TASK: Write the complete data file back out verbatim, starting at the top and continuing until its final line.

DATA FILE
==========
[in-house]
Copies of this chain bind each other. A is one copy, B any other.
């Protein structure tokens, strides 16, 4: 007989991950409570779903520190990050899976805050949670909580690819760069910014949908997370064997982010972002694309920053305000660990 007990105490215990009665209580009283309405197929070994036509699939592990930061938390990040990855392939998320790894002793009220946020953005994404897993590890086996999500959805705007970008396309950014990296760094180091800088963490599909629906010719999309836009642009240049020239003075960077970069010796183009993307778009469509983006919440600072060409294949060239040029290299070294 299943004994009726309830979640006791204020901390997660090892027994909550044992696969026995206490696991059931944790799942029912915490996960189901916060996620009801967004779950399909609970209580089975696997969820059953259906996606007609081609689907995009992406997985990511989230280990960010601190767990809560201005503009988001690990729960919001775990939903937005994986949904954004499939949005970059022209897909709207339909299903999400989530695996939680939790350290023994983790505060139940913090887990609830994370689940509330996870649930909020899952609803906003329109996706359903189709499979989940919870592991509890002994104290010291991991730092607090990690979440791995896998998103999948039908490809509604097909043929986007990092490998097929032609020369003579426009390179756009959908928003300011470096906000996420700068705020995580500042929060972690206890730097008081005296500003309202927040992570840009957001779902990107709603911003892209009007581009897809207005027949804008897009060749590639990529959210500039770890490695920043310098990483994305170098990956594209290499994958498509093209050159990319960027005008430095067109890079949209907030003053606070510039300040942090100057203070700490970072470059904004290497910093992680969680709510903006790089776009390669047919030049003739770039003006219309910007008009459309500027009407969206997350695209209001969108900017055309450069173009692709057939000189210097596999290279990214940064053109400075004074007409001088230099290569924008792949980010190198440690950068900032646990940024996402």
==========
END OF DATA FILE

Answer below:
[in-house]
Copies of this chain bind each other. A is one copy, B any other.
């Protein structure tokens, strides 16, 4: 007989991950409570779903520190990050899976805050949670909580690819760069910014949908997370064997982010972002694309920053305000660990 007990105490215990009665209580009283309405197929070994036509699939592990930061938390990040990855392939998320790894002793009220946020953005994404897993590890086996999500959805705007970008396309950014990296760094180091800088963490599909629906010719999309836009642009240049020239003075960077970069010796183009993307778009469509983006919440600072060409294949060239040029290299070294 299943004994009726309830979640006791204020901390997660090892027994909550044992696969026995206490696991059931944790799942029912915490996960189901916060996620009801967004779950399909609970209580089975696997969820059953259906996606007609081609689907995009992406997985990511989230280990960010601190767990809560201005503009988001690990729960919001775990939903937005994986949904954004499939949005970059022209897909709207339909299903999400989530695996939680939790350290023994983790505060139940913090887990609830994370689940509330996870649930909020899952609803906003329109996706359903189709499979989940919870592991509890002994104290010291991991730092607090990690979440791995896998998103999948039908490809509604097909043929986007990092490998097929032609020369003579426009390179756009959908928003300011470096906000996420700068705020995580500042929060972690206890730097008081005296500003309202927040992570840009957001779902990107709603911003892209009007581009897809207005027949804008897009060749590639990529959210500039770890490695920043310098990483994305170098990956594209290499994958498509093209050159990319960027005008430095067109890079949209907030003053606070510039300040942090100057203070700490970072470059904004290497910093992680969680709510903006790089776009390669047919030049003739770039003006219309910007008009459309500027009407969206997350695209209001969108900017055309450069173009692709057939000189210097596999290279990214940064053109400075004074007409001088230099290569924008792949980010190198440690950068900032646990940024996402």